In Season Foods: December Edition

Winter has us in its grips in the northern part of the US. But down in the south, there is some seasonal produce that is just starting to get good.

white truffle 300x199 In Season Foods: December Edition Photo

If you can afford it, try white truffles that are in season now.

Citrus – Oranges, grapefruits, tangerines and tangelos. All are  coming into their peak season in December. Load up on these fruits for their Vitamin C, but they’re also rich in antioxidants. Studies have also shown that citrus flavonoids can improve blood flow and reduce the likelihood of blood clots in arteries. Here’s a sweet way to enjoy: Orange scented olive oil cake.

 Dates – the fruit of the date palm, dates are grown in desert climates like Arizona and California. The small little fruits are sweet and higher in calories than other fruits, but they are also filled with fiber and potassium. This is prime harvesting season (think fruit cakes) and they’re great added to sweet breads or stuffed with nuts.

Parsnips – This white looking carrot needs the cool winter frost to bring out its sweet, nutty flavor. Like their cousin root vegetable, they have several anti-oxidant properties and are thought to have anti-fungal and anti-inflammation properties. Parsnips can be roasted or added to purees.

Pomegranates – Long hailed as a superfood, pomegranates are high in antioxidants, potassium, vitamin C, and a great source of fiber. Yet, the fruit has an ever longer history and has been mentioned even in ancient biblical texts like Babylonian texts and the Quran. Pomegranate juice has become as common as orange juice in the past decade, but the fruit is also great in salads and sauces on other foods.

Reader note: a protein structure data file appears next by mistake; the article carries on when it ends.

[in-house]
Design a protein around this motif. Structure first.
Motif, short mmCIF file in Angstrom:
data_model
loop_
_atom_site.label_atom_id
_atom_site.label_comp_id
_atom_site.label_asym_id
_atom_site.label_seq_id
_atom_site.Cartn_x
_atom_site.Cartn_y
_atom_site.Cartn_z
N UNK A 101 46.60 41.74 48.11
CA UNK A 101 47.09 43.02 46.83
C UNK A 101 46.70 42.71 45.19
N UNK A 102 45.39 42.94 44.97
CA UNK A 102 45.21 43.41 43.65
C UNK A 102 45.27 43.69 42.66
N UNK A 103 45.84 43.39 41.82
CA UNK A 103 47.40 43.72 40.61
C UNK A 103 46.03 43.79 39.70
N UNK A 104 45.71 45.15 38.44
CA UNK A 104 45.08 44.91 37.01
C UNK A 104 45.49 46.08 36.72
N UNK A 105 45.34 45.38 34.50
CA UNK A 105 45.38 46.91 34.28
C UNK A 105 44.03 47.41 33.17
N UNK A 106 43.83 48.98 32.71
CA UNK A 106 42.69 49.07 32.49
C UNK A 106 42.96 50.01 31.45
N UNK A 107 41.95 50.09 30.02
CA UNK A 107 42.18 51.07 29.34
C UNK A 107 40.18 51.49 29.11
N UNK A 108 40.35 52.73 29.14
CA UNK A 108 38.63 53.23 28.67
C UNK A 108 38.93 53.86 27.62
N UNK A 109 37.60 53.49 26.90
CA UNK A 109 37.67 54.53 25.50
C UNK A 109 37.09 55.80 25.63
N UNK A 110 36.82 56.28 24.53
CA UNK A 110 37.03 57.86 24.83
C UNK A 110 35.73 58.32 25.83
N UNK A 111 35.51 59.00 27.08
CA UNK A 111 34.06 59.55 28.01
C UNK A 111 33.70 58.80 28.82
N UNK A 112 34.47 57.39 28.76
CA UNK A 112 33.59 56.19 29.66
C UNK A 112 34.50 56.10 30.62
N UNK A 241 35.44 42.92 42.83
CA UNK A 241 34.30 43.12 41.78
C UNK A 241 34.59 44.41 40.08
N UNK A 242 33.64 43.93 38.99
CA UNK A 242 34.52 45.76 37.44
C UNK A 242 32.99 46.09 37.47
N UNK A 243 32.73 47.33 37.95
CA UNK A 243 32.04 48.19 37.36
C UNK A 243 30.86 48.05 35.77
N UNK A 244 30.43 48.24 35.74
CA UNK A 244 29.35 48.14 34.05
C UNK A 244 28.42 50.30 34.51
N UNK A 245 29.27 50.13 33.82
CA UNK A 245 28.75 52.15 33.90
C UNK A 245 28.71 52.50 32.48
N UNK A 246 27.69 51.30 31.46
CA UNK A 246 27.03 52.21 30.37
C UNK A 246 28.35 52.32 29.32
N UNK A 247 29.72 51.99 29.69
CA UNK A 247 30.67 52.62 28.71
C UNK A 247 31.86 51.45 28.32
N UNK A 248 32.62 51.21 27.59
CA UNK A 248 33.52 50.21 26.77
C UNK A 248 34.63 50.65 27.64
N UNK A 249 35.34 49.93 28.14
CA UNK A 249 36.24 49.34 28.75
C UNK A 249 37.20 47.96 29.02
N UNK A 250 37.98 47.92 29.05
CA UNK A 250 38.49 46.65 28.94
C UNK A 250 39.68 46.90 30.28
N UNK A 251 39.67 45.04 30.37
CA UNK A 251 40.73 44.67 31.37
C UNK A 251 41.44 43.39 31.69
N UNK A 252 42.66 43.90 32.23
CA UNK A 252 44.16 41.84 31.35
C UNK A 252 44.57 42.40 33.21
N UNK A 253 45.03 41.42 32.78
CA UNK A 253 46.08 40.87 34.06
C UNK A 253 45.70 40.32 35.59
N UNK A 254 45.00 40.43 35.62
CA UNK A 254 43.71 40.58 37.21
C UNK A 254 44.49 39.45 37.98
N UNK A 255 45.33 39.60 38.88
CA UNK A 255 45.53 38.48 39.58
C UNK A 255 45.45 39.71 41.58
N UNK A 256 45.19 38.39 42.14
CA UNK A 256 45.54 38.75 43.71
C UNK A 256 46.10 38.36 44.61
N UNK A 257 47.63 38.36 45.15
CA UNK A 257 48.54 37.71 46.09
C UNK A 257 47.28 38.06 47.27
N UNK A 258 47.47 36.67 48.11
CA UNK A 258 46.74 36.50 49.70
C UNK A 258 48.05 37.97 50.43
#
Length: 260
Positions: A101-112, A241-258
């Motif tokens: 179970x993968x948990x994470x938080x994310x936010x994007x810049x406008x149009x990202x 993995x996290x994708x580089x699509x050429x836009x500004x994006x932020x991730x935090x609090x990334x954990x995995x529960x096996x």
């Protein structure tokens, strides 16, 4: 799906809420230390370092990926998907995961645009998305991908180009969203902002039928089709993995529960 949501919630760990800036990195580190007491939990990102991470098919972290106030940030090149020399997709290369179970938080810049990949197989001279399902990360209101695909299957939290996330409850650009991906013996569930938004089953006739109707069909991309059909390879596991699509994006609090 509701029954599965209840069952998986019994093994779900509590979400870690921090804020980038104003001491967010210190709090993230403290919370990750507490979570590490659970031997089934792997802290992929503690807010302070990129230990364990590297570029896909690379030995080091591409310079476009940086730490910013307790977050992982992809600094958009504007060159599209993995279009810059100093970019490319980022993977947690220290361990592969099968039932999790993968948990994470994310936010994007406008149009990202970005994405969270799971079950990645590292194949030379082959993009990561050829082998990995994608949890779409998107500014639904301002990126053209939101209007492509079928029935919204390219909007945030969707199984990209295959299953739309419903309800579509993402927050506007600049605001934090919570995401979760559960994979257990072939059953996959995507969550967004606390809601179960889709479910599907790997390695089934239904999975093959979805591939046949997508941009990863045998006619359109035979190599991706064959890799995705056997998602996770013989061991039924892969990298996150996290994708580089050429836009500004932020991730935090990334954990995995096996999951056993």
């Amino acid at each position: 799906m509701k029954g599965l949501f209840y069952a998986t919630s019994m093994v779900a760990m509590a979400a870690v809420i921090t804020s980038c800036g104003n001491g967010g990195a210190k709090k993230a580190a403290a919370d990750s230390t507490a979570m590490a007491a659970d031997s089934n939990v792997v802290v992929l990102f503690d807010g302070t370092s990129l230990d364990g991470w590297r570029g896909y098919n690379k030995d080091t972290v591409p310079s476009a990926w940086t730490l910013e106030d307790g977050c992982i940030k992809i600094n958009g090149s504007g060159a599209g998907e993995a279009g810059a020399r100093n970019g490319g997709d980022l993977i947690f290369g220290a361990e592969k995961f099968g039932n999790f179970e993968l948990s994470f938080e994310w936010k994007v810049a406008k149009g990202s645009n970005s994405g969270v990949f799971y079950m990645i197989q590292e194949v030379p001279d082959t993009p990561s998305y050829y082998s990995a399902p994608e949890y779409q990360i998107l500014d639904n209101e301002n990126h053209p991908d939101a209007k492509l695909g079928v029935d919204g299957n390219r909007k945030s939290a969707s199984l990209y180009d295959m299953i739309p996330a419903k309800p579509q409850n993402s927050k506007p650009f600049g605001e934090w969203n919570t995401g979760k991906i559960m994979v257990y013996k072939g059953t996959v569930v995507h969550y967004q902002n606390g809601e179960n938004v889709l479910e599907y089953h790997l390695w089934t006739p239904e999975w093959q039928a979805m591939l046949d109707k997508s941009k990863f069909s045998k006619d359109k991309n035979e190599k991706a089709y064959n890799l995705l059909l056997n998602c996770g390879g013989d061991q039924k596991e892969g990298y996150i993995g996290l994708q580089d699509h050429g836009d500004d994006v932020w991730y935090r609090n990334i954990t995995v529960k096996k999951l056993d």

Savoy cabbage – Despite its wrinkly appearance, Savoy cabbage is one of the more tender cabbage plants, making it an ideal vegetable to eat raw. Like other cabbages, Savoy is rich in protein and fiber and is packed with several vitamins and nutrients. Eat it in salads or sauté it as a delicious side.

White truffles – These mushrooms are certainly a delicacy. A kilo can cost upwards of $4,000 at wholesale. While the black variety can be cultivated and is available in the late summer, white truffles can only be found in the wild and are at their best from November to January. Truffles are packed with protein, although they are typically just used sparingly to flavor dishes. If you can’t spring for the real deal, you can always get the essence by using a truffle oil or truffle salt.